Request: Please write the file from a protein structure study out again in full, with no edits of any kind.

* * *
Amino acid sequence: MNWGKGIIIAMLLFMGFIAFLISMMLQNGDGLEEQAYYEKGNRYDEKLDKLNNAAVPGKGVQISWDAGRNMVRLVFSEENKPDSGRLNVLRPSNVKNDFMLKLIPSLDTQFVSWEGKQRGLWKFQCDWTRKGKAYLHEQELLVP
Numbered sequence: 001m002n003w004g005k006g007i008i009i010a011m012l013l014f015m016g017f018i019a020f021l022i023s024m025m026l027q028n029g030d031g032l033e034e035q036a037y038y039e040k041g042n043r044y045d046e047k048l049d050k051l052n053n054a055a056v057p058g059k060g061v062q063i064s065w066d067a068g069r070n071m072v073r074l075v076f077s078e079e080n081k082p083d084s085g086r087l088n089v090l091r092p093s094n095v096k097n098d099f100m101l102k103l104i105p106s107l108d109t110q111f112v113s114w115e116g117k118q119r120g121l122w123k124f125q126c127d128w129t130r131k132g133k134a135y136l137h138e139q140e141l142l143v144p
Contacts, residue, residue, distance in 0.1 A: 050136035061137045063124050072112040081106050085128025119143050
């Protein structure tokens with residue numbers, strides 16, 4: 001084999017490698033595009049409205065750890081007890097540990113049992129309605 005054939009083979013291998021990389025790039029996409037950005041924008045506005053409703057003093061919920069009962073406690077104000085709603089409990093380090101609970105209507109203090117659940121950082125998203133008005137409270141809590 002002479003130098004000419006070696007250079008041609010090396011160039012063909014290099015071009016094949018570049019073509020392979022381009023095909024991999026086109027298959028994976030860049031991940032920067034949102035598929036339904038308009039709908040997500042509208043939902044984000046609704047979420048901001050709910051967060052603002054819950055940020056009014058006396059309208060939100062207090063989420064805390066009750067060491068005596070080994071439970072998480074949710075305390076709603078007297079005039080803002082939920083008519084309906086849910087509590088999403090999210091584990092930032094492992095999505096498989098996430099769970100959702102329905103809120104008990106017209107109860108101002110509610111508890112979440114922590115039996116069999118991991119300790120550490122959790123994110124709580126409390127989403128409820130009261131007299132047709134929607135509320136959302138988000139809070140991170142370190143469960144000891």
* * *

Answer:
Amino acid sequence: MNWGKGIIIAMLLFMGFIAFLISMMLQNGDGLEEQAYYEKGNRYDEKLDKLNNAAVPGKGVQISWDAGRNMVRLVFSEENKPDSGRLNVLRPSNVKNDFMLKLIPSLDTQFVSWEGKQRGLWKFQCDWTRKGKAYLHEQELLVP
Numbered sequence: 001m002n003w004g005k006g007i008i009i010a011m012l013l014f015m016g017f018i019a020f021l022i023s024m025m026l027q028n029g030d031g032l033e034e035q036a037y038y039e040k041g042n043r044y045d046e047k048l049d050k051l052n053n054a055a056v057p058g059k060g061v062q063i064s065w066d067a068g069r070n071m072v073r074l075v076f077s078e079e080n081k082p083d084s085g086r087l088n089v090l091r092p093s094n095v096k097n098d099f100m101l102k103l104i105p106s107l108d109t110q111f112v113s114w115e116g117k118q119r120g121l122w123k124f125q126c127d128w129t130r131k132g133k134a135y136l137h138e139q140e141l142l143v144p
Contacts, residue, residue, distance in 0.1 A: 050136035061137045063124050072112040081106050085128025119143050
């Protein structure tokens with residue numbers, strides 16, 4: 001084999017490698033595009049409205065750890081007890097540990113049992129309605 005054939009083979013291998021990389025790039029996409037950005041924008045506005053409703057003093061919920069009962073406690077104000085709603089409990093380090101609970105209507109203090117659940121950082125998203133008005137409270141809590 002002479003130098004000419006070696007250079008041609010090396011160039012063909014290099015071009016094949018570049019073509020392979022381009023095909024991999026086109027298959028994976030860049031991940032920067034949102035598929036339904038308009039709908040997500042509208043939902044984000046609704047979420048901001050709910051967060052603002054819950055940020056009014058006396059309208060939100062207090063989420064805390066009750067060491068005596070080994071439970072998480074949710075305390076709603078007297079005039080803002082939920083008519084309906086849910087509590088999403090999210091584990092930032094492992095999505096498989098996430099769970100959702102329905103809120104008990106017209107109860108101002110509610111508890112979440114922590115039996116069999118991991119300790120550490122959790123994110124709580126409390127989403128409820130009261131007299132047709134929607135509320136959302138988000139809070140991170142370190143469960144000891």